- bathrooms – I think that microfiber shines in the bathroom – it’s great for faucets, toilets, tubs, and mirrors. I use separate cloths for these surfaces to avoid cross-contamination.
- dusting – use for dry dusting or with your favorite polish. I also use a microfiber dusting wand in lieu of a feather duster for quick dusting.
- kitchen – they work amazingly on counters, cabinets, drawers, and appliances – especially stainless steel.
- automobiles – use to wipe down seats, dashes, doors, and general cleaning.
- baseboards and floors – if you want a superiorly washed floor or baseboard, try using microfiber.
- general cleaning – if you would use a paper towel, you can use a microfiber cleaning cloth instead.
QUICK TIP: I prefer to use microfiber slightly damp – I spray surfaces and wipe clean with a slightly/barely damp microfiber cloth.
What’s the big deal with microfiber?
- #1 reason I love it? The microscopic fibers pick up more dirt and germs!
- you can clean using only water or your favorite cleaner (non-toxic is always best!)
- no lint left behind on surfaces
- no streaks on windows, mirrors, and surfaces
- eco-friendly – use in place of paper towels or wipes for cleaning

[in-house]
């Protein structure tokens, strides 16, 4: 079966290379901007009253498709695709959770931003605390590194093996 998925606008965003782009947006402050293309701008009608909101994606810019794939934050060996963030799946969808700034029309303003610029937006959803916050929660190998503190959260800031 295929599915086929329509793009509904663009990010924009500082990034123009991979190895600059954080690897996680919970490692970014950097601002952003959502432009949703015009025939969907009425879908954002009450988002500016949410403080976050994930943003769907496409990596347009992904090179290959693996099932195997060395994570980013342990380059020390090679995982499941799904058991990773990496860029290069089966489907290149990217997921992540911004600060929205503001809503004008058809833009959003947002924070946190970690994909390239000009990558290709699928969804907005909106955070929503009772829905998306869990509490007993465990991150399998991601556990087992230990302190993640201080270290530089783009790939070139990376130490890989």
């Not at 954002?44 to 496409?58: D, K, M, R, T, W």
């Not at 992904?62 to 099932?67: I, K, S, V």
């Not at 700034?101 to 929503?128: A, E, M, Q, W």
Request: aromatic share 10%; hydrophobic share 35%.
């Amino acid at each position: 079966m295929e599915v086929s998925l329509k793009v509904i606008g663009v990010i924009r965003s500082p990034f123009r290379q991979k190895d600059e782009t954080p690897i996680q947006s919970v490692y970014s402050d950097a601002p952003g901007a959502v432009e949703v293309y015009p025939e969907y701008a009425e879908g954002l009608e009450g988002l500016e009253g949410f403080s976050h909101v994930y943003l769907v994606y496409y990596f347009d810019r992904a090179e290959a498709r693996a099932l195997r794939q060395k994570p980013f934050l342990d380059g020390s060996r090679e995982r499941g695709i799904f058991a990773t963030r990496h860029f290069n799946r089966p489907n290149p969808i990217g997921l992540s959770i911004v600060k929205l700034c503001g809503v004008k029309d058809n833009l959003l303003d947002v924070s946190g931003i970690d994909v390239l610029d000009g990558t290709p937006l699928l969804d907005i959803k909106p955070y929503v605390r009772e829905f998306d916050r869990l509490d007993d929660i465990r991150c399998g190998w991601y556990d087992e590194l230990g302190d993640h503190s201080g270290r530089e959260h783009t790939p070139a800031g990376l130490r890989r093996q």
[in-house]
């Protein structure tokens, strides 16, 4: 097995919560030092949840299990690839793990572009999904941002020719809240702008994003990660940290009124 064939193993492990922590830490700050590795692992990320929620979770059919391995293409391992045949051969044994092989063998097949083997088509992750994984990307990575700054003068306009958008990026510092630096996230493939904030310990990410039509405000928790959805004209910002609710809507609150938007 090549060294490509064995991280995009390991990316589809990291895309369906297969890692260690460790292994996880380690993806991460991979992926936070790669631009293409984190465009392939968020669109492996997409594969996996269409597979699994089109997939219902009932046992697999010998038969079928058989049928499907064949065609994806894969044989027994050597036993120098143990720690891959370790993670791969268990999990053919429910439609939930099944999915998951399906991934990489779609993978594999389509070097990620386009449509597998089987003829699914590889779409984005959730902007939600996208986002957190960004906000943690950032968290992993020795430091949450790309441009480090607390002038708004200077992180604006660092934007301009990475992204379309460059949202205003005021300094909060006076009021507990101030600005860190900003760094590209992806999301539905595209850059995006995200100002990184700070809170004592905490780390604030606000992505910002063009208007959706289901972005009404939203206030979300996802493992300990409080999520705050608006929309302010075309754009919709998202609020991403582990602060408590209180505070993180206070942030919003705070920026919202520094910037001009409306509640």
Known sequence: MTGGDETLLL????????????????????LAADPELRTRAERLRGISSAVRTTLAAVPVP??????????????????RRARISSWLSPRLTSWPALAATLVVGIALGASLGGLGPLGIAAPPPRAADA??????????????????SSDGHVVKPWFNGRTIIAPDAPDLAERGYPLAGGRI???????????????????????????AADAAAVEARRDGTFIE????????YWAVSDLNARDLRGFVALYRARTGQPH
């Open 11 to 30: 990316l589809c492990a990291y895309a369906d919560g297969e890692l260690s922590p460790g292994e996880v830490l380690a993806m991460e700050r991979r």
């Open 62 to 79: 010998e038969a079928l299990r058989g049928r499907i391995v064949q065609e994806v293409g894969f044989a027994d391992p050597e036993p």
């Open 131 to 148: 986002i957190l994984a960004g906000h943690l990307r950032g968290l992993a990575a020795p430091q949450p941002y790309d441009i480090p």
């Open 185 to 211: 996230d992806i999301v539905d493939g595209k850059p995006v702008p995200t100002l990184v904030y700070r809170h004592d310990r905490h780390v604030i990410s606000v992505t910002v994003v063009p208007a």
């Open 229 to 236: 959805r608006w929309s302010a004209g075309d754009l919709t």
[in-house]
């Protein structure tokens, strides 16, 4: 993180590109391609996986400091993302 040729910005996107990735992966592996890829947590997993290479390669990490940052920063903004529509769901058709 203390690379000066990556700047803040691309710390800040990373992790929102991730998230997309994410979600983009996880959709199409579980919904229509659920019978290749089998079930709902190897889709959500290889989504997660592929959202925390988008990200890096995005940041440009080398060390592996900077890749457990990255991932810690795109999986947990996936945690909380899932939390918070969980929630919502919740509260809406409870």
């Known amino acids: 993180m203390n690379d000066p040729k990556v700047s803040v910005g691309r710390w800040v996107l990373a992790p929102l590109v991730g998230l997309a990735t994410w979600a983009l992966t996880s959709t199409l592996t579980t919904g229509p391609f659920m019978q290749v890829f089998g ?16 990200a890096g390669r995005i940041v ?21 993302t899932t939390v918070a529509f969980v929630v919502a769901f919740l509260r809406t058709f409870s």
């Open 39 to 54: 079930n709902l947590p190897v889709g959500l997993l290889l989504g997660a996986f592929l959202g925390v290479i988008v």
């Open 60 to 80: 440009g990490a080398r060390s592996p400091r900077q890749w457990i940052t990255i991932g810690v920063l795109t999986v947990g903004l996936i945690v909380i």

- each microfiber cloth has 300+ uses
- washes easily
How to launder microfiber
- microfiber can be rinsed and wrung out as your using it
- wash only with other microfiber cloths – I keep a bucket on the back of our washing machine and toss dirty ones in there. I wash them weekly all together and then run a sanitize cycle on the washing machine.
- launder with detergent – use less (I use half the amount that I usually use) so it fully rinses out
- do not use fabric softener – it coats the fibers and ruins its effectiveness
- dry in the dryer on low
What is microfiber made from?
- polyester/polyamide (nylon) blend – the percentages of polyester to polyamide will vary from brand to brand.
- The higher the polyamide percentage, the tighter weave and the softer feel.
A quick science lesson
Why does microfiber work? Microfiber is composed of microscopic fibers made from polyester and polyamide (both are essentially fibers made from plastic). These microfibers are up to 50-100 times thinner than a human hair – hence the name microfibers. Because of these microscopic, teeny tiny fibers, they grab and hold dirt better than a conventional cleaning cloth, cleaning wipe, or paper towel. Microfiber grabs germs and holds them – some cloth companies claim that they kill germs and germs on surfaces. This claim is warranted, but any high quality microfiber cleaning cloth grabs germs from surfaces just simply because of construction.